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Although Trump bestows favors on a select few American businesses, Steve Chapman explains that Trump is in fact a quite anti-business president [2].  (HT David Boaz)  A slice:

Economists Steven Davis (University of Chicago), Scott Baker (Northwestern), and Nicholas Bloom (Stanford) attributed weak growth and job creation to “extreme uncertainty” that Obama helped to create through “harmful rhetorical attacks on business and ‘millionaires,’ failure to tackle entitlement reforms and fiscal imbalances, and political brinkmanship.”

Hmm. Does that sound like anyone else? Trump has also attacked businesses, failed to curb entitlements, and, through tax cuts and spending bills, created ever-growing fiscal imbalances.

Shikha Dalmia rightly calls out the lawlessness (indeed, the thuggish cruelty) of Trump’s attack on immigrants [3].  Here’s Shikha’s correct conclusion:

To enforce the law, the Trump administration is refusing the play by the rules, becoming lawless itself. This is the essence of tyranny.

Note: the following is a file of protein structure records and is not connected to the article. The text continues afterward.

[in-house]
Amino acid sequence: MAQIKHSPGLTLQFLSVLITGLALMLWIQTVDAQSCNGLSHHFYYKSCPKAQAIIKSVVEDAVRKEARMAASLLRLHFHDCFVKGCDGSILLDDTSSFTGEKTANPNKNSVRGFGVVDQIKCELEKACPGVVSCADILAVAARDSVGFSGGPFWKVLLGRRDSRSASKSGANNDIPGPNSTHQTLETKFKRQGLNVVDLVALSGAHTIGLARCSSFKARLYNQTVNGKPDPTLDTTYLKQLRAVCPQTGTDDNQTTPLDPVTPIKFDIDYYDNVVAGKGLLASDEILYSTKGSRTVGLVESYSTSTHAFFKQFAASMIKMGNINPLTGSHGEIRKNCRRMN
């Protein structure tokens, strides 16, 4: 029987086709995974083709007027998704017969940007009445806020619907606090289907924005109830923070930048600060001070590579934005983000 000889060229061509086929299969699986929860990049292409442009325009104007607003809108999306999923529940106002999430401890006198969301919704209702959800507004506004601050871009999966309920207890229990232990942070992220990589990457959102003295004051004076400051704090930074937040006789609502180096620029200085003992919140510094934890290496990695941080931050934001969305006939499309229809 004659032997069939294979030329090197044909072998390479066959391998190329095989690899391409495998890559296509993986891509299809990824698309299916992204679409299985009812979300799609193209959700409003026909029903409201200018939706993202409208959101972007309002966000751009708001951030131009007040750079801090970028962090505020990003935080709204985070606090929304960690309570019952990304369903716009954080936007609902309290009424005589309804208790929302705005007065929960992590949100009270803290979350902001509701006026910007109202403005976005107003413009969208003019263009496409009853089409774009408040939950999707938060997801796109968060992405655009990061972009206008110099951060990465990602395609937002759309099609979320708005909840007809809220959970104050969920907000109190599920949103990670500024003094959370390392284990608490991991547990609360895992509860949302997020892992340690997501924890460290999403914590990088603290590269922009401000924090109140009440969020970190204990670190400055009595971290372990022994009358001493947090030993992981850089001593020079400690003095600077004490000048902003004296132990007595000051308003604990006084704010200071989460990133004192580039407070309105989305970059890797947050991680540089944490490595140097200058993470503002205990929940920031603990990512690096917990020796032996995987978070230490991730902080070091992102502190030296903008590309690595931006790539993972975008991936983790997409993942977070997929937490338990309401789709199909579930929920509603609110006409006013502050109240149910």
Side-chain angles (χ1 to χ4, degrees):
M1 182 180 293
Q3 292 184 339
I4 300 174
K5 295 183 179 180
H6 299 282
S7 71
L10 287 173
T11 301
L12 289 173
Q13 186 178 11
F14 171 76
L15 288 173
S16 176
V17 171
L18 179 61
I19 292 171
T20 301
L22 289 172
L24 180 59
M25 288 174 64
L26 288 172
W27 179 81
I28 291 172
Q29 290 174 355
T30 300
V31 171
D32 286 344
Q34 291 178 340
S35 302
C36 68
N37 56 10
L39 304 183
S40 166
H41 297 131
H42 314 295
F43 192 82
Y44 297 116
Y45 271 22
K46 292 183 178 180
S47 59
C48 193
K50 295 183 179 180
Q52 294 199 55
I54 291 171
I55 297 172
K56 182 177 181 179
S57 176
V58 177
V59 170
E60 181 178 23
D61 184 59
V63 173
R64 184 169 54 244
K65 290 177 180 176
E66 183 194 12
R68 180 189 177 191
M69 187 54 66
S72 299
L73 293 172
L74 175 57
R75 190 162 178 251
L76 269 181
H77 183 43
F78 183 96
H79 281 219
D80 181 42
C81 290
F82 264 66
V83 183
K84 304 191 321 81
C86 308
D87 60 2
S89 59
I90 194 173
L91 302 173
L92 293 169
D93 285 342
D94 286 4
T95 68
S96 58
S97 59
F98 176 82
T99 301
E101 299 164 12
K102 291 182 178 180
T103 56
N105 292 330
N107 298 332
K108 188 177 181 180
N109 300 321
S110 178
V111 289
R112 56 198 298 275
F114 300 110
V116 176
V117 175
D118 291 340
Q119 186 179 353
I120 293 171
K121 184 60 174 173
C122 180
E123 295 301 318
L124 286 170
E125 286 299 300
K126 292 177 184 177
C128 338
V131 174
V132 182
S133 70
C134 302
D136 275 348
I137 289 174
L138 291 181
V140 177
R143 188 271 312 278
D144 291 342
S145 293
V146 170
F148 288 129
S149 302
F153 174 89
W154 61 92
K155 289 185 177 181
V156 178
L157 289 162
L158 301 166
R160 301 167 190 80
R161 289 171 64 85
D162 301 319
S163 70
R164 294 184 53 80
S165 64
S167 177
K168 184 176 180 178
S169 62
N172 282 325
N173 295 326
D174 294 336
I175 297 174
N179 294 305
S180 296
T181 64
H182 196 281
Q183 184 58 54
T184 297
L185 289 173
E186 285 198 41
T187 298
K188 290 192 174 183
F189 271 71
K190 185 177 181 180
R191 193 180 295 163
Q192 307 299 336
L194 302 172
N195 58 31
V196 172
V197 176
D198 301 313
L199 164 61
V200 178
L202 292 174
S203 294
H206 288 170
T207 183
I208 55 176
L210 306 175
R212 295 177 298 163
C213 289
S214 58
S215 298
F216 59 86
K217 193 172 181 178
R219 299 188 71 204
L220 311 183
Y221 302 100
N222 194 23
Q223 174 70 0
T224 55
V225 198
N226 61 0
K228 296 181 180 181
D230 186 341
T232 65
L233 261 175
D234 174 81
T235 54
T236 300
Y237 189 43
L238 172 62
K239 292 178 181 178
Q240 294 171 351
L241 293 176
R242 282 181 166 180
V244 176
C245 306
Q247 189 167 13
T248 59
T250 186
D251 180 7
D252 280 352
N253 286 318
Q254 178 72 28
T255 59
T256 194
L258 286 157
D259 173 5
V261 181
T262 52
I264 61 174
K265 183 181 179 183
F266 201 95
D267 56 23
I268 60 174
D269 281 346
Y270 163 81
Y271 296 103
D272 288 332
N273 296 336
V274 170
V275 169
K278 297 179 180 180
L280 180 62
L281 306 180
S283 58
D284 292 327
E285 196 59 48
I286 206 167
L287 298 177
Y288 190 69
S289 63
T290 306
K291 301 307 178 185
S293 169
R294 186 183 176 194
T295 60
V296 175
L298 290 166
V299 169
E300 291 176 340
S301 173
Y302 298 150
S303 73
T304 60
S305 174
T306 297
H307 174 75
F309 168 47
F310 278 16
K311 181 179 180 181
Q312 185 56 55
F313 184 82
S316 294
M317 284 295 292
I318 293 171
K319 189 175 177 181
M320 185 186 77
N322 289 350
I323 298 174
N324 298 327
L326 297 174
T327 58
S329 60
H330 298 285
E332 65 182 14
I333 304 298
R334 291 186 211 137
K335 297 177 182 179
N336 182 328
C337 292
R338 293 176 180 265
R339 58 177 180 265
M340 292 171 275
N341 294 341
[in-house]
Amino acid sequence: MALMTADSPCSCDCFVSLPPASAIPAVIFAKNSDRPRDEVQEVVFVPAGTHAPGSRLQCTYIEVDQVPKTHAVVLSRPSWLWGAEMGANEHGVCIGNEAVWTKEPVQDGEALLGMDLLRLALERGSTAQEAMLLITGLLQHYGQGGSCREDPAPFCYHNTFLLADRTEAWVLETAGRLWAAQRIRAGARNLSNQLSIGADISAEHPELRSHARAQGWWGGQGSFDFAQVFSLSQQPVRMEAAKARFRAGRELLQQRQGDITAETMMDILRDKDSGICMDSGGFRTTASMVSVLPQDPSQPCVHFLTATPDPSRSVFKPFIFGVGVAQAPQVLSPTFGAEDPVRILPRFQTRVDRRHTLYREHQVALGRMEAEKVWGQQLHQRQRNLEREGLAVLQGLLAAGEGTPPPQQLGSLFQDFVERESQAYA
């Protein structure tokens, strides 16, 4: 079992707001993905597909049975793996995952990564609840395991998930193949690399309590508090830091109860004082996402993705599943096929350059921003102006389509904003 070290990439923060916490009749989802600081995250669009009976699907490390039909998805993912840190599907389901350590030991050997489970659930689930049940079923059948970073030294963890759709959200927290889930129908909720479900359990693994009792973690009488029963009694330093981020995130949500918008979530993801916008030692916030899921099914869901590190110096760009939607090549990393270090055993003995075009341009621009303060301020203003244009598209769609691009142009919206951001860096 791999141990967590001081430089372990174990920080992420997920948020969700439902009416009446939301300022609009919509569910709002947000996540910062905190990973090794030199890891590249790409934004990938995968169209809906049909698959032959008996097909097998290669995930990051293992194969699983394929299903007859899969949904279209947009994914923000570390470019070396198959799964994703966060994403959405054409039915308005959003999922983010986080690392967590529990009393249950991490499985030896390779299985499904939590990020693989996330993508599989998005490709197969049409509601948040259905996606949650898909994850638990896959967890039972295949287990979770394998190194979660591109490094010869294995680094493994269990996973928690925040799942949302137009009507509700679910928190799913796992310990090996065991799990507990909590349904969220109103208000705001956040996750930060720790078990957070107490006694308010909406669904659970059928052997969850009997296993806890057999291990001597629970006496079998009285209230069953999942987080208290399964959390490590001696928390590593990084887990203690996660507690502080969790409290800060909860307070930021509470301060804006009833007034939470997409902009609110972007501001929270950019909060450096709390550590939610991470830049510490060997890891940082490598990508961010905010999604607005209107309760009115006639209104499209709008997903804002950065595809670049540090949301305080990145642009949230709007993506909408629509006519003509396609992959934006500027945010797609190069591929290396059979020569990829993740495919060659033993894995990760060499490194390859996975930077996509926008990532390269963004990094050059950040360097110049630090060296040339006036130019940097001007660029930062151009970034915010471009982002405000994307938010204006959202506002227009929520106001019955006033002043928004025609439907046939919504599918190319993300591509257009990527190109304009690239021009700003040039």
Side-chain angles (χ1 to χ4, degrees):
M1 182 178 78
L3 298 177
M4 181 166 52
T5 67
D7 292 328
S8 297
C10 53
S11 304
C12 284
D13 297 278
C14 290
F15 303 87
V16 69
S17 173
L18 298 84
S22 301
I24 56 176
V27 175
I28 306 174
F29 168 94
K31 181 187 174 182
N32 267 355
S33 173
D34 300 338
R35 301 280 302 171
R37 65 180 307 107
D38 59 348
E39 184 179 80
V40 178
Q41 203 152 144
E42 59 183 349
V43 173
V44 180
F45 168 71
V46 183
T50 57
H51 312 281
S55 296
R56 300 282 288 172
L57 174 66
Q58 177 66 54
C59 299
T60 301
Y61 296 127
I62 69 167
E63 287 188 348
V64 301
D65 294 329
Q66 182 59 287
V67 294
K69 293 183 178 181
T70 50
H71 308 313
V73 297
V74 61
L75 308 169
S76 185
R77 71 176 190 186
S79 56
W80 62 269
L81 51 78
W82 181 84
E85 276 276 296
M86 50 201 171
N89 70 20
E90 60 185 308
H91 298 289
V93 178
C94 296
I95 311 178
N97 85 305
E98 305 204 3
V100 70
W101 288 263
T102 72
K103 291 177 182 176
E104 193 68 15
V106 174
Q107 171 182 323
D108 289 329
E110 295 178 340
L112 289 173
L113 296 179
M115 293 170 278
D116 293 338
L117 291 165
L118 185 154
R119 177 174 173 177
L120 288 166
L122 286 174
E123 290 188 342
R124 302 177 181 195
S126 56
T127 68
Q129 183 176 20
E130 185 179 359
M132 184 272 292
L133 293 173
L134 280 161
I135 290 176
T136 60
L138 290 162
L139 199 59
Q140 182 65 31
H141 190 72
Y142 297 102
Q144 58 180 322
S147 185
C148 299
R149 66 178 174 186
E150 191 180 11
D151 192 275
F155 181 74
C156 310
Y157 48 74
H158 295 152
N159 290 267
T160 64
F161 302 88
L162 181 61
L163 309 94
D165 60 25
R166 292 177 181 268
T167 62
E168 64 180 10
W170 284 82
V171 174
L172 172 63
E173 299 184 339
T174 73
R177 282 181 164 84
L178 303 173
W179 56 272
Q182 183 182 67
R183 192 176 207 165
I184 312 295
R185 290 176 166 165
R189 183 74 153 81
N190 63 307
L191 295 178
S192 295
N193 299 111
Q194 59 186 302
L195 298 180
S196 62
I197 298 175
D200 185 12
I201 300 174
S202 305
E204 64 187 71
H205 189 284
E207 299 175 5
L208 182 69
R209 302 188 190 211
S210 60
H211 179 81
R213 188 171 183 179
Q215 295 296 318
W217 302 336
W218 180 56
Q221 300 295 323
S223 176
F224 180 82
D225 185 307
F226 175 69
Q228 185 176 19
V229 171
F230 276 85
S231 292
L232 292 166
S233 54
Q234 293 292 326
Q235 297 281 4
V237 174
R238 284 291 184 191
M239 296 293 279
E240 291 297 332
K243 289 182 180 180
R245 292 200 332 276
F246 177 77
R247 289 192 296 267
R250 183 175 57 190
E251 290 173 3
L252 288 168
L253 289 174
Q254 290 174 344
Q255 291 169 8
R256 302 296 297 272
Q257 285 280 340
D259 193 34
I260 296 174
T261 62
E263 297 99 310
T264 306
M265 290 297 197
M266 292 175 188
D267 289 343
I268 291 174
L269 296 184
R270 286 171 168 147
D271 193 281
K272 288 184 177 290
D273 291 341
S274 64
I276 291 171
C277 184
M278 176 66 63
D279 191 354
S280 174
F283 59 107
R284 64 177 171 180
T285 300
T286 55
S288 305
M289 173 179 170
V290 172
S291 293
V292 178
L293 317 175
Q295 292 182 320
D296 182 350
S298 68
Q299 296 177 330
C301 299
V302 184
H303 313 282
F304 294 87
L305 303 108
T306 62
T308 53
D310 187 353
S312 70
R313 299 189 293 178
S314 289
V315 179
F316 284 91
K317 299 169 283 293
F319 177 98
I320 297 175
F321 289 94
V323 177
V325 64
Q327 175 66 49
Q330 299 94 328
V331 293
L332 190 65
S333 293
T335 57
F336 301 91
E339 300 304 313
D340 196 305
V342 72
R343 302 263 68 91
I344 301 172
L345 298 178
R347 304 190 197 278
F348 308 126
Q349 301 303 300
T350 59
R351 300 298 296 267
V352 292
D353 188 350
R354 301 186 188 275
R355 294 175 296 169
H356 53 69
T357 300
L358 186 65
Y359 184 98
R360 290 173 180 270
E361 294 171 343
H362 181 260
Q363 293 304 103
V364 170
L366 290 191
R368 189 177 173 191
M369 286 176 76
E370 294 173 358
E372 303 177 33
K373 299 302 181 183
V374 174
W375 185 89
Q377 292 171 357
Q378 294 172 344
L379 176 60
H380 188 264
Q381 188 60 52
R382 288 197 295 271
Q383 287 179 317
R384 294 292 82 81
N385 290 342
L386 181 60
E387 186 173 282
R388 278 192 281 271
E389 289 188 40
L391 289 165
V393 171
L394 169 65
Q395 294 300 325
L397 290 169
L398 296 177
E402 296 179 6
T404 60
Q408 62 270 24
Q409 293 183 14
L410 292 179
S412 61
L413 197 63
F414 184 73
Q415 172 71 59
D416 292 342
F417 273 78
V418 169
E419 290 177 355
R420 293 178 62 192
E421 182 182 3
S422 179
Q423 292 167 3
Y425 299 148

John Samples examines yet another of the many ways that Trump’s buffoonish ignorance and tyrant-like disdain for law threaten Americans [4].

Jonah Goldberg eloquently sings the praises of Martin Luther King, Jr [5].

John McGinnis is correct: among the greatest and most praiseworthy successes over the past half-century of American conservatives (and libertarians) is the reining-in of antitrust regulation [6].  (HT Alberto Mingardi [7])

My GMU Econ colleague Chris Coyne, along with GMU Econ alum Abby Hall – writing in USA Today – bemoan the militarization of police in America [8].

The great Bruce Yandle decries Trump’s tariffs punitive taxes on Americans who buy imports [9].

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